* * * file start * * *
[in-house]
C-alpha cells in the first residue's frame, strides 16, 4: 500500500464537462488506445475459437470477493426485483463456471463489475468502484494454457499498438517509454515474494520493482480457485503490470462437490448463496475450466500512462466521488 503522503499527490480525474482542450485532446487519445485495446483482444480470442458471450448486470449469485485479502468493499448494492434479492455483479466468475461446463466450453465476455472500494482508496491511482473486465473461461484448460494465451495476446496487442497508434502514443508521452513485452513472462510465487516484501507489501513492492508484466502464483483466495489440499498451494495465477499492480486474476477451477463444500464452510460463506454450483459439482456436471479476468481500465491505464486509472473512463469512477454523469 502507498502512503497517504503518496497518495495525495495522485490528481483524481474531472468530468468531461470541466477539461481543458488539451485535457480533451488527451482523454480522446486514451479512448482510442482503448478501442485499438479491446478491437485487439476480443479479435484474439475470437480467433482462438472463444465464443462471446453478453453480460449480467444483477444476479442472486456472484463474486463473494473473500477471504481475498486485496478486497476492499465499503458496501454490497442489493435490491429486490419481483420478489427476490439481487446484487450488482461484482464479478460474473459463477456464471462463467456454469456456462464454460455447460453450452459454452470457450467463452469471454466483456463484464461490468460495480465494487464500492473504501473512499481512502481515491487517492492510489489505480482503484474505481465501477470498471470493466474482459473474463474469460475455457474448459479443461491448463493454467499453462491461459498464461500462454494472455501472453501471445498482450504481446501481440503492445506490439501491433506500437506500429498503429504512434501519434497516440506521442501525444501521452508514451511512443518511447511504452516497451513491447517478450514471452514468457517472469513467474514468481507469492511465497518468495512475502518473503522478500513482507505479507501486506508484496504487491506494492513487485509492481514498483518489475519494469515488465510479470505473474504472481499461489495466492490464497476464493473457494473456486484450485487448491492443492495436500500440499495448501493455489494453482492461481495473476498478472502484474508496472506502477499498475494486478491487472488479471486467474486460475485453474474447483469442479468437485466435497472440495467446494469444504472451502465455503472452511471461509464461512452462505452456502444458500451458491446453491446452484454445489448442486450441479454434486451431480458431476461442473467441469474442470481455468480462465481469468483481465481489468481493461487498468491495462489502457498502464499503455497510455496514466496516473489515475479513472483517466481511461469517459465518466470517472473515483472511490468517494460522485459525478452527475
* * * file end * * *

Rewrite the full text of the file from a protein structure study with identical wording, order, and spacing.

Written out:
[in-house]
C-alpha cells in the first residue's frame, strides 16, 4: 500500500464537462488506445475459437470477493426485483463456471463489475468502484494454457499498438517509454515474494520493482480457485503490470462437490448463496475450466500512462466521488 503522503499527490480525474482542450485532446487519445485495446483482444480470442458471450448486470449469485485479502468493499448494492434479492455483479466468475461446463466450453465476455472500494482508496491511482473486465473461461484448460494465451495476446496487442497508434502514443508521452513485452513472462510465487516484501507489501513492492508484466502464483483466495489440499498451494495465477499492480486474476477451477463444500464452510460463506454450483459439482456436471479476468481500465491505464486509472473512463469512477454523469 502507498502512503497517504503518496497518495495525495495522485490528481483524481474531472468530468468531461470541466477539461481543458488539451485535457480533451488527451482523454480522446486514451479512448482510442482503448478501442485499438479491446478491437485487439476480443479479435484474439475470437480467433482462438472463444465464443462471446453478453453480460449480467444483477444476479442472486456472484463474486463473494473473500477471504481475498486485496478486497476492499465499503458496501454490497442489493435490491429486490419481483420478489427476490439481487446484487450488482461484482464479478460474473459463477456464471462463467456454469456456462464454460455447460453450452459454452470457450467463452469471454466483456463484464461490468460495480465494487464500492473504501473512499481512502481515491487517492492510489489505480482503484474505481465501477470498471470493466474482459473474463474469460475455457474448459479443461491448463493454467499453462491461459498464461500462454494472455501472453501471445498482450504481446501481440503492445506490439501491433506500437506500429498503429504512434501519434497516440506521442501525444501521452508514451511512443518511447511504452516497451513491447517478450514471452514468457517472469513467474514468481507469492511465497518468495512475502518473503522478500513482507505479507501486506508484496504487491506494492513487485509492481514498483518489475519494469515488465510479470505473474504472481499461489495466492490464497476464493473457494473456486484450485487448491492443492495436500500440499495448501493455489494453482492461481495473476498478472502484474508496472506502477499498475494486478491487472488479471486467474486460475485453474474447483469442479468437485466435497472440495467446494469444504472451502465455503472452511471461509464461512452462505452456502444458500451458491446453491446452484454445489448442486450441479454434486451431480458431476461442473467441469474442470481455468480462465481469468483481465481489468481493461487498468491495462489502457498502464499503455497510455496514466496516473489515475479513472483517466481511461469517459465518466470517472473515483472511490468517494460522485459525478452527475